Willa Cather (1873-1947), Death Comes for the Archbishop
, book 9, chapter 3:
In New Mexico he always awoke a young man; not until he rose and
began to shave did he realize that he was growing older. His first
consciousness was a sense of the light dry wind blowing in through
the windows, with the fragrance of hot sun and sage-brush and sweet
clover; a wind that made one's body feel light and one's heart cry
"To-day, to-day," like a child's.
Beautiful surroundings, the society of learned men, the charm of noble women, the graces of art, could not make up to him for the loss of those light-hearted mornings of the desert, for that wind that made one a boy again. He had noticed that this peculiar quality in the air of new countries vanished after they were tamed by man and made to bear harvests. Parts of Texas and Kansas that he had first known as open range had since been made into rich farming districts, and the air had quite lost that lightness, that dry aromatic odour. The moisture of plowed land, the heaviness of labour and growth and grain-bearing, utterly destroyed it; one could breathe that only on the bright edges of the world, on the great grass plains or the sage-brush desert.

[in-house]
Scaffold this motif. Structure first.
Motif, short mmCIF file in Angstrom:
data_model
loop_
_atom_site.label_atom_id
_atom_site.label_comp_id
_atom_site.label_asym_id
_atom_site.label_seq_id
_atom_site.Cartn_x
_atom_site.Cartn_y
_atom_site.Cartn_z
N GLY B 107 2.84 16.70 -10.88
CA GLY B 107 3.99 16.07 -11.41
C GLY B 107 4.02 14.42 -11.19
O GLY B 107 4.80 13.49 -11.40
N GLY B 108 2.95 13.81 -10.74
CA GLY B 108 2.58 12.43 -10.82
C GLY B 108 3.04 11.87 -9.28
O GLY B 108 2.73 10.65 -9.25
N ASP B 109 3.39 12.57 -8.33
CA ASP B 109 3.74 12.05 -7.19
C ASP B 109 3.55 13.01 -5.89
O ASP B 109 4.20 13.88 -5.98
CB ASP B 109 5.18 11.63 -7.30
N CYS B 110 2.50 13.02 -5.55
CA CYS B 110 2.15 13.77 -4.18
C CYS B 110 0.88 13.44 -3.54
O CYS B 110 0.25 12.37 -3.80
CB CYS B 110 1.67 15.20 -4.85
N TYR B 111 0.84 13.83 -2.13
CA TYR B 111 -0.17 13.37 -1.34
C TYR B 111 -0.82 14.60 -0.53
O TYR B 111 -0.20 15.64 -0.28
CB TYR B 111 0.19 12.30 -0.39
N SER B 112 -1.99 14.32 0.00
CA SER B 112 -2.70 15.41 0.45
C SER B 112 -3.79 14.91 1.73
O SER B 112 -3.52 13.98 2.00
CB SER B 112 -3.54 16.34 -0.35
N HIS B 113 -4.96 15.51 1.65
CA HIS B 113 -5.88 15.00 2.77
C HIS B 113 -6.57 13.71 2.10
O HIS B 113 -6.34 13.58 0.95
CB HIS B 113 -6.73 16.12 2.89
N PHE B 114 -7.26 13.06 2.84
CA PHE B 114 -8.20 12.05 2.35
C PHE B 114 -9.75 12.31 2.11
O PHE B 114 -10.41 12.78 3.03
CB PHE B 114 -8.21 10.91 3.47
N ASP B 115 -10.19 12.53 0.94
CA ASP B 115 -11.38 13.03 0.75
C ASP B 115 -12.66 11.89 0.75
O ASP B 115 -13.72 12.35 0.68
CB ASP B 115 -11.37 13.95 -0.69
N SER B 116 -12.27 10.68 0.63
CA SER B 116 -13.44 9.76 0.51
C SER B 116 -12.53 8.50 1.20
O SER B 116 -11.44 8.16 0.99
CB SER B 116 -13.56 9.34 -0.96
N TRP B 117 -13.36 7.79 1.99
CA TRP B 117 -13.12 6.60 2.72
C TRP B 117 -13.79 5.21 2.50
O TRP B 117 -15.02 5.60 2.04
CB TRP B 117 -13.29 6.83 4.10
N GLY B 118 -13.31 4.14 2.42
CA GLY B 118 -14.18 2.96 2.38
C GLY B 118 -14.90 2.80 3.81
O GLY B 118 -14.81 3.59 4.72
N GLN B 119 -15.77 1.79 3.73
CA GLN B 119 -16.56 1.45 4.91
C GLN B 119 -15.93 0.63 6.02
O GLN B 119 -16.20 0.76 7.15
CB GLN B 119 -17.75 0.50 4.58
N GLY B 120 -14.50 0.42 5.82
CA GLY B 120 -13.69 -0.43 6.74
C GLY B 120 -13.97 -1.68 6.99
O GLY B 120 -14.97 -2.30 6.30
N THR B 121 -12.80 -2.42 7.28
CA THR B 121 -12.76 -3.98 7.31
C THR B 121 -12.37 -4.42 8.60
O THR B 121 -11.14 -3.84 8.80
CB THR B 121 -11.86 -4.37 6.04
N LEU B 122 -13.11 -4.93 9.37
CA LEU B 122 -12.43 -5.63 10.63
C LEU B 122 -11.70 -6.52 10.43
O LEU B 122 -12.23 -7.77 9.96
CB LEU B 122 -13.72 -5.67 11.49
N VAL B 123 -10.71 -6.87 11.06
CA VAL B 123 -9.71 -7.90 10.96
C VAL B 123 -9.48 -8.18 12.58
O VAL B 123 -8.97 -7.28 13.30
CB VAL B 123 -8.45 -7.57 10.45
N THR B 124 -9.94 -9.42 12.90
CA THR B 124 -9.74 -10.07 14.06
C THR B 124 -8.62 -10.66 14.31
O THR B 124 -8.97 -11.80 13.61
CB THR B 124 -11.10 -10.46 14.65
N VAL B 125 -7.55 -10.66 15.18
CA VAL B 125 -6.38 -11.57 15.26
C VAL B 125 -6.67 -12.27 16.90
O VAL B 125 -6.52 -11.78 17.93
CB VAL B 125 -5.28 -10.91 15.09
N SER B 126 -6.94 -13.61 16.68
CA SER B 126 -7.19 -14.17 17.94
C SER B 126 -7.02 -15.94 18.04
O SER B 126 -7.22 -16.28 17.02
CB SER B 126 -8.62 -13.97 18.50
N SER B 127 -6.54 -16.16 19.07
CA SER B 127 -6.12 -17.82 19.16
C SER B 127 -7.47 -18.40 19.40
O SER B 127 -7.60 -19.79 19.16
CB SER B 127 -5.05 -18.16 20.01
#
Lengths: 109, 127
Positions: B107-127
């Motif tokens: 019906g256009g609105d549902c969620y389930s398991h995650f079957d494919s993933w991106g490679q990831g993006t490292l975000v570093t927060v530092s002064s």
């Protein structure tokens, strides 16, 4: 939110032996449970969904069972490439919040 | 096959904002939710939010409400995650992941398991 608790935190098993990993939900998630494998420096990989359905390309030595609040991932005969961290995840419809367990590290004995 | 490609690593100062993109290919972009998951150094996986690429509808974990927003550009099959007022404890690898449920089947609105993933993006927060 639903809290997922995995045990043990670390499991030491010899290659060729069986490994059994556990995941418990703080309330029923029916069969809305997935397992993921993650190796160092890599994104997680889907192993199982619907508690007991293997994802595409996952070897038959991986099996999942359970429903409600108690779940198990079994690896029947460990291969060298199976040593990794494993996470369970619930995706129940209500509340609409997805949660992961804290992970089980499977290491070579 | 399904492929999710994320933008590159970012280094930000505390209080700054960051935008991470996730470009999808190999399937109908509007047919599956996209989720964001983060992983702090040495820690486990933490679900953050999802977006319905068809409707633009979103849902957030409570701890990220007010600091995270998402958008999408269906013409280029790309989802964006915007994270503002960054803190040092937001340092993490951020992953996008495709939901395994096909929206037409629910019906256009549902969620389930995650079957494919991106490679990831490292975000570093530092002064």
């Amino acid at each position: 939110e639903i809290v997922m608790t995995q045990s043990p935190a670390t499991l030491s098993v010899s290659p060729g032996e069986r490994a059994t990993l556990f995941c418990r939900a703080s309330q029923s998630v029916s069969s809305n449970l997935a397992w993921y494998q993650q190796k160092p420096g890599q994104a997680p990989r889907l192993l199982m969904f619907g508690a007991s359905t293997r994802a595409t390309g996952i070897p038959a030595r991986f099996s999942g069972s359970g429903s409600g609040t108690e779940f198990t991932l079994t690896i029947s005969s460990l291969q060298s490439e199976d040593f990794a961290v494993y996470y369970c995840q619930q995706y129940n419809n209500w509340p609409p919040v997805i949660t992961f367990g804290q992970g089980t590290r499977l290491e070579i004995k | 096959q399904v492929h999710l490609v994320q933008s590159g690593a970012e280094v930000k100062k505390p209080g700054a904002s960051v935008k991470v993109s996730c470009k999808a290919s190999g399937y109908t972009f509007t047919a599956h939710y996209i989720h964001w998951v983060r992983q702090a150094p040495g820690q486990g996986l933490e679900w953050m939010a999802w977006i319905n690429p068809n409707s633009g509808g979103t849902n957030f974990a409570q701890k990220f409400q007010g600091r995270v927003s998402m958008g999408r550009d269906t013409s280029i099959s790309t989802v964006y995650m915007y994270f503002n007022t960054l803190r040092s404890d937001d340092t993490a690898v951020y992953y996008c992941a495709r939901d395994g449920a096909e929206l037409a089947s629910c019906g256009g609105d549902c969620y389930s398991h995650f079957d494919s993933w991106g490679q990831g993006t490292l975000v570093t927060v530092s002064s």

That air would disappear from the whole earth in time, perhaps; but long after his day. He did not know just when it had become so necessary to him, but he had come back to die in exile for the sake of it.
Something soft and wild and free, something that whispered
to the ear on the pillow, lightened the heart, softly, softly
picked the lock, slid the bolts, and released the prisoned spirit
of man into the wind, into the blue and gold, into the morning,
into the morning!